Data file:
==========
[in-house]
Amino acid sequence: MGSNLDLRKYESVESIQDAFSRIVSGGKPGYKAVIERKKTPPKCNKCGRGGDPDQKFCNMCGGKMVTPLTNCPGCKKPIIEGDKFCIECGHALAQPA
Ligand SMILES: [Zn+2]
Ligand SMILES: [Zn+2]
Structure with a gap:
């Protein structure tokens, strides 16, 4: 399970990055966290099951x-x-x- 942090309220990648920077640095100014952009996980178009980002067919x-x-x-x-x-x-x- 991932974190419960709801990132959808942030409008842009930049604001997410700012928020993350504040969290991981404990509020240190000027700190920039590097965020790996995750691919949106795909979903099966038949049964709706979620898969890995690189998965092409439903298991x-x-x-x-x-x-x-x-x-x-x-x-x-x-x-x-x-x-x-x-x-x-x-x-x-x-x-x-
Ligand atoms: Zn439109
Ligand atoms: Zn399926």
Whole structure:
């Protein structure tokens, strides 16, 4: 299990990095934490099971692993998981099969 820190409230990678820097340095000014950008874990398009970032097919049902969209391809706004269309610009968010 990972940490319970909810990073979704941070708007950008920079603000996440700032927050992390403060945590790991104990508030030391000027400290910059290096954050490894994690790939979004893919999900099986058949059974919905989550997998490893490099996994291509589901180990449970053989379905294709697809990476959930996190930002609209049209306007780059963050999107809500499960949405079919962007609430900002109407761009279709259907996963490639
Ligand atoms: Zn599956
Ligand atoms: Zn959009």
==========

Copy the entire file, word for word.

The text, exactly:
[in-house]
Amino acid sequence: MGSNLDLRKYESVESIQDAFSRIVSGGKPGYKAVIERKKTPPKCNKCGRGGDPDQKFCNMCGGKMVTPLTNCPGCKKPIIEGDKFCIECGHALAQPA
Ligand SMILES: [Zn+2]
Ligand SMILES: [Zn+2]
Structure with a gap:
């Protein structure tokens, strides 16, 4: 399970990055966290099951x-x-x- 942090309220990648920077640095100014952009996980178009980002067919x-x-x-x-x-x-x- 991932974190419960709801990132959808942030409008842009930049604001997410700012928020993350504040969290991981404990509020240190000027700190920039590097965020790996995750691919949106795909979903099966038949049964709706979620898969890995690189998965092409439903298991x-x-x-x-x-x-x-x-x-x-x-x-x-x-x-x-x-x-x-x-x-x-x-x-x-x-x-x-
Ligand atoms: Zn439109
Ligand atoms: Zn399926």
Whole structure:
């Protein structure tokens, strides 16, 4: 299990990095934490099971692993998981099969 820190409230990678820097340095000014950008874990398009970032097919049902969209391809706004269309610009968010 990972940490319970909810990073979704941070708007950008920079603000996440700032927050992390403060945590790991104990508030030391000027400290910059290096954050490894994690790939979004893919999900099986058949059974919905989550997998490893490099996994291509589901180990449970053989379905294709697809990476959930996190930002609209049209306007780059963050999107809500499960949405079919962007609430900002109407761009279709259907996963490639
Ligand atoms: Zn599956
Ligand atoms: Zn959009």